From: Tom Sweetnam (firstname.lastname@example.org)
Date: Fri May 12 2000 - 10:54:35 PDT
Robert S. Thau wrote:
> It sounds like some reporter was awfully confused.
No, I don't think so. I read that in The National Enquirer.
There is research
> in "affective computing" at the media lab, and robotics research in a
> similar spirit at the AI lab, both of which seek to build computer
> systems which detect the mood of the user and respond appropriately;
> however, no one at either lab would responsibly claim that computers
> or software have somehow evolved this capability without the knowledge
> of the people who build them. If they had, then quite a few Ph.D.
> students at both labs would have had to do a whole lot less work.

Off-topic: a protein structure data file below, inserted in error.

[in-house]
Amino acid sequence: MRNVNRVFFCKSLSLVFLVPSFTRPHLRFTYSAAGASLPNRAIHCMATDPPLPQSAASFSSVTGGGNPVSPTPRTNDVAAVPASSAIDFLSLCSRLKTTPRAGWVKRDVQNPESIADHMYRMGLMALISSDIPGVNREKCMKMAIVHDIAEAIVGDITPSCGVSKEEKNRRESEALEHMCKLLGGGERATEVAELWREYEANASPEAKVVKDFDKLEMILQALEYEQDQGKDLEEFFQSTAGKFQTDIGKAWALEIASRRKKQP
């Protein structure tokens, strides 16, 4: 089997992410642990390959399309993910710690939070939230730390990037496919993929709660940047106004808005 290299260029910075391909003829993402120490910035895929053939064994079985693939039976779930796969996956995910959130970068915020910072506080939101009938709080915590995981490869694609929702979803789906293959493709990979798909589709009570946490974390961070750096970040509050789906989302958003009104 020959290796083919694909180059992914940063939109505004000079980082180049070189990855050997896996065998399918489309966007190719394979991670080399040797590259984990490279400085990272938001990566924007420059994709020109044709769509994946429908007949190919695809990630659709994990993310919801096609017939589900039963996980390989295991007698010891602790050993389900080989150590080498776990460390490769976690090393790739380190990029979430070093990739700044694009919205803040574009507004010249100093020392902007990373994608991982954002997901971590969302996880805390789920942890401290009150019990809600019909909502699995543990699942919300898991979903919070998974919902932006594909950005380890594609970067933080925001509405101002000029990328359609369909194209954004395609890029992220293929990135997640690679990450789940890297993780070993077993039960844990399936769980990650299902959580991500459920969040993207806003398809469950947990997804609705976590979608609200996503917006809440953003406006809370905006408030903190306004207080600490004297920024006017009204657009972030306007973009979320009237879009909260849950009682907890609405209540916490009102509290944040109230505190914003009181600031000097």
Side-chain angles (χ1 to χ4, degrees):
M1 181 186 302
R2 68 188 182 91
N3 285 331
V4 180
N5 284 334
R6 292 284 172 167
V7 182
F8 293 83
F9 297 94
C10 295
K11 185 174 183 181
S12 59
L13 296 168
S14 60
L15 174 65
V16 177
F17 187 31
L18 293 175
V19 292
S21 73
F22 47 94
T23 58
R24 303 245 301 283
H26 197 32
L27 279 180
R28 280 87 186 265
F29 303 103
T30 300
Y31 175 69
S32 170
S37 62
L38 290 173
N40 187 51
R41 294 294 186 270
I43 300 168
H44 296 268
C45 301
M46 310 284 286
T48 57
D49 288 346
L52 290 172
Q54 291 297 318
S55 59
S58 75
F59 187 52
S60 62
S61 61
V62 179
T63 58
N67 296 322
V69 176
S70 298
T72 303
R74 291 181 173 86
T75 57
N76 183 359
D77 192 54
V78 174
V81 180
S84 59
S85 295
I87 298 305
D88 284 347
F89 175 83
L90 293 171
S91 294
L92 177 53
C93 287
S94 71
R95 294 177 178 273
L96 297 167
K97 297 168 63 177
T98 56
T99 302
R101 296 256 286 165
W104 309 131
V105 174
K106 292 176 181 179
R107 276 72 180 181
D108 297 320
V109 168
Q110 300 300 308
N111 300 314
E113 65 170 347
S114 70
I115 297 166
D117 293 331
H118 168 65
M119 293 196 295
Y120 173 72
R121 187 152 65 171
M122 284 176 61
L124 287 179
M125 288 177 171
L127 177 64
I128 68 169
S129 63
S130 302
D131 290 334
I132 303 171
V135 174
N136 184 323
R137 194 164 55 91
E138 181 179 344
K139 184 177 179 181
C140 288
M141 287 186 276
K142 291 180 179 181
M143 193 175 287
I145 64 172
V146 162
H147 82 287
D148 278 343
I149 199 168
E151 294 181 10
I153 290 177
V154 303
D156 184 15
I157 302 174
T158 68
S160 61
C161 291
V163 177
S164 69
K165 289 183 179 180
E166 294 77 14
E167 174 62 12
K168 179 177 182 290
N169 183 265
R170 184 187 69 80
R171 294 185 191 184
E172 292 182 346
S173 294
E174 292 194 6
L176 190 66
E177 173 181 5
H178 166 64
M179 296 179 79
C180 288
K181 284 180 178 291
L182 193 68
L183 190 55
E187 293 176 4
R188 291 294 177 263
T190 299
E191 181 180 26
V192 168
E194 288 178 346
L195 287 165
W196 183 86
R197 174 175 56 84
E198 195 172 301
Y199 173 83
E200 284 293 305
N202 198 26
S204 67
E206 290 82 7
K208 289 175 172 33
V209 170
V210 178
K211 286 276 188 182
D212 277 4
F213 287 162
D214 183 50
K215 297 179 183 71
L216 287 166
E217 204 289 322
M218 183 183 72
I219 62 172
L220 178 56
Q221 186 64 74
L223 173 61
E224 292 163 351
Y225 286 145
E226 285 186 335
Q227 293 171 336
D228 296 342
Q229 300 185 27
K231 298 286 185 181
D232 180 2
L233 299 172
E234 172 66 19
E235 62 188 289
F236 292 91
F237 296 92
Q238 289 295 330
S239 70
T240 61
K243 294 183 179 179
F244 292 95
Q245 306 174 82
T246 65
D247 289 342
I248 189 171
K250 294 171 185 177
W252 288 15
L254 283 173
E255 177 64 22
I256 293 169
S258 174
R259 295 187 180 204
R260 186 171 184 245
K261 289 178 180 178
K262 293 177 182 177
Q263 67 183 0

Right, I understand that what I've written here seems pretty ersatz stuff
for this audience, and was probably inspired to a degree by a phone
conversation last night with Doug Christiansen, a good friend and airline
captain out here in the west, whose anthropomorphic take on human/machine
interaction is pretty interesting....especially after you've just been hit
by lightning at 30,000 ft, and the turbulence is rattling your teeth, and
your wingtips are flapping in 30 foot arcs, and you have 190 terrified souls
onboard. Jet pilots believe in malevolent machinery, maybe that's why jets
are always females...and must be loved by those who fly them, rather than
being viewed with the pragmatic detachment of the ground-based engineer who
builds them. As to the broader hypothesis of my little screed, call it
superstition if you like, I call it intuition.
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